By Doyin Oyeniyi
I have never been so aware of the color of my skin as I when I was in China. While my group stood out because we were all clearly foreigners, it’s pretty safe to say that as the only African American I stood out the most. While walking down the street one day, another correspondent turned to me and said, “Yeah, it’s definitely different walking next to you.”
Not everyone stared, but most people did. It didn’t take me long to accept the fact that at any point in time there would be at least one person staring at me. Whether it was the person walking next to me, the cab driver on the street, the people sitting outside their shops or homes, the neighborhood restaurant owner, or the bike rider, someone was always looking. Some looked secretly and some openly, clearly curious. Some even took pictures and videos.
Admittedly, I didn’t always react positively to the stares and some days it was just too much. The babies who stared at me out of utter confusion, or worse, cried if I tried to touch or hold them, only made me feel like I was in a freak show. And while sometimes I was amused when I caught someone taking a picture or video of me, other times it just felt invasive.
The first night in Beijing, all the staring made me incredibly uncomfortable. I avoided making eye contact with anyone. When I did, I’d try to smile. But when nobody smiled back, I decided to change my tactic.
Throughout the trip, I was a bit more assertive. Instead of staring at the ground, I looked up and around and made eye contact with people when I caught them staring. If they were curious, why couldn’t I be curious too?
It took me a while to realize that that was just it.
What I’d initially mistake for rudeness and hostility was simply curiosity. It’s when I understood this that my reaction to the stares began to change. It was easier to not let them get to me and just let people look and soak in the sight of one of the few (maybe the only) black person they’d come across in China.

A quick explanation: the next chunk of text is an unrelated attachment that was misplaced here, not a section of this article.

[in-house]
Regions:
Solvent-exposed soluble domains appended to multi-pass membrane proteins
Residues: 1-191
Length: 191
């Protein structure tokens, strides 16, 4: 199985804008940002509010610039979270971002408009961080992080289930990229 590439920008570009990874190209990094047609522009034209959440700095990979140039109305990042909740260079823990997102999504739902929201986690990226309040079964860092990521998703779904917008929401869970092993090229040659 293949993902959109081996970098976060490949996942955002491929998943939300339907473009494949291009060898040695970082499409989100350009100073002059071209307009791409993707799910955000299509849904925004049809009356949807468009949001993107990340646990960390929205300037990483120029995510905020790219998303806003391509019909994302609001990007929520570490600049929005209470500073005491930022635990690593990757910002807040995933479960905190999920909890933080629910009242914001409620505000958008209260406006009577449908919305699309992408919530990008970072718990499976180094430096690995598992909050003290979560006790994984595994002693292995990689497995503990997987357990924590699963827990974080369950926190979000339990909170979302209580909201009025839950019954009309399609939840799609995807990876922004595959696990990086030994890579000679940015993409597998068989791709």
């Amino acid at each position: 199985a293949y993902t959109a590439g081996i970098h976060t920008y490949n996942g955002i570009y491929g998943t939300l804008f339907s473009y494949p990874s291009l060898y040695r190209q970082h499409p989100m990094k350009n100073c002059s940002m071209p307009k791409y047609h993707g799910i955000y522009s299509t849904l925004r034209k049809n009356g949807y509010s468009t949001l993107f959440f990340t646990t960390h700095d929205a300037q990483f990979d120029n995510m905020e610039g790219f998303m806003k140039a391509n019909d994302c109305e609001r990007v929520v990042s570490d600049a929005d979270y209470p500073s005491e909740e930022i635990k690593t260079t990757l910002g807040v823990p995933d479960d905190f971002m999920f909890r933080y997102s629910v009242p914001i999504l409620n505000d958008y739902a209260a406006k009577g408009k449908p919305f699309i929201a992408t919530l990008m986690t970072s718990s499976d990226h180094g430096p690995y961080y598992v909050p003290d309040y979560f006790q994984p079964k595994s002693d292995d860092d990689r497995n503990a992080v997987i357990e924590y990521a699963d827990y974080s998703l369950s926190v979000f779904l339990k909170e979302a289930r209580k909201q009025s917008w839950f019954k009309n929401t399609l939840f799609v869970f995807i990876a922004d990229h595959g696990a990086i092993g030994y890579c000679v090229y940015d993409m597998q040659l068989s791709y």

I began greeting people if I caught them staring and usually they would smile back and say “Ni hao” (hello) or try to engage me in conversation. When I was with an interpreter, interviewees would often interrupt to ask questions about me. Strangers on the street would turn to people in my group who they hoped spoke Chinese to ask about me.
More than anything I wished that I knew the Chinese language just to understand what people were saying about me. I wondered how many ideas and stereotypes about black people were active in China.
I knew that a few stereotypes were in play when an elderly man complimented me on being healthy and then proceeded to ask me about basketball and what sports I did. However, I think the thing most people found interesting about me was my hair. Short and naturally tightly curled, it was drastically different from typically straight Chinese hair. Several people commented on it, some doubted that it was naturally curly and one man asked to touch it and then exclaimed about how soft it was.
I still don’t know what the typical Chinese perception of African Americans is, but the few comments I received about my beautiful hair and my “healthy” figure leads me to believe that most opinions are on the positive side.
The best comment I ever received was when I asked a journalism student at Shanghai University what she thought about people with dark skin like mine. “I think it’s very sexy… and mysterious,” she said, searching for the right words. And then she found them: “It’s like hot chocolate in the hot summer.”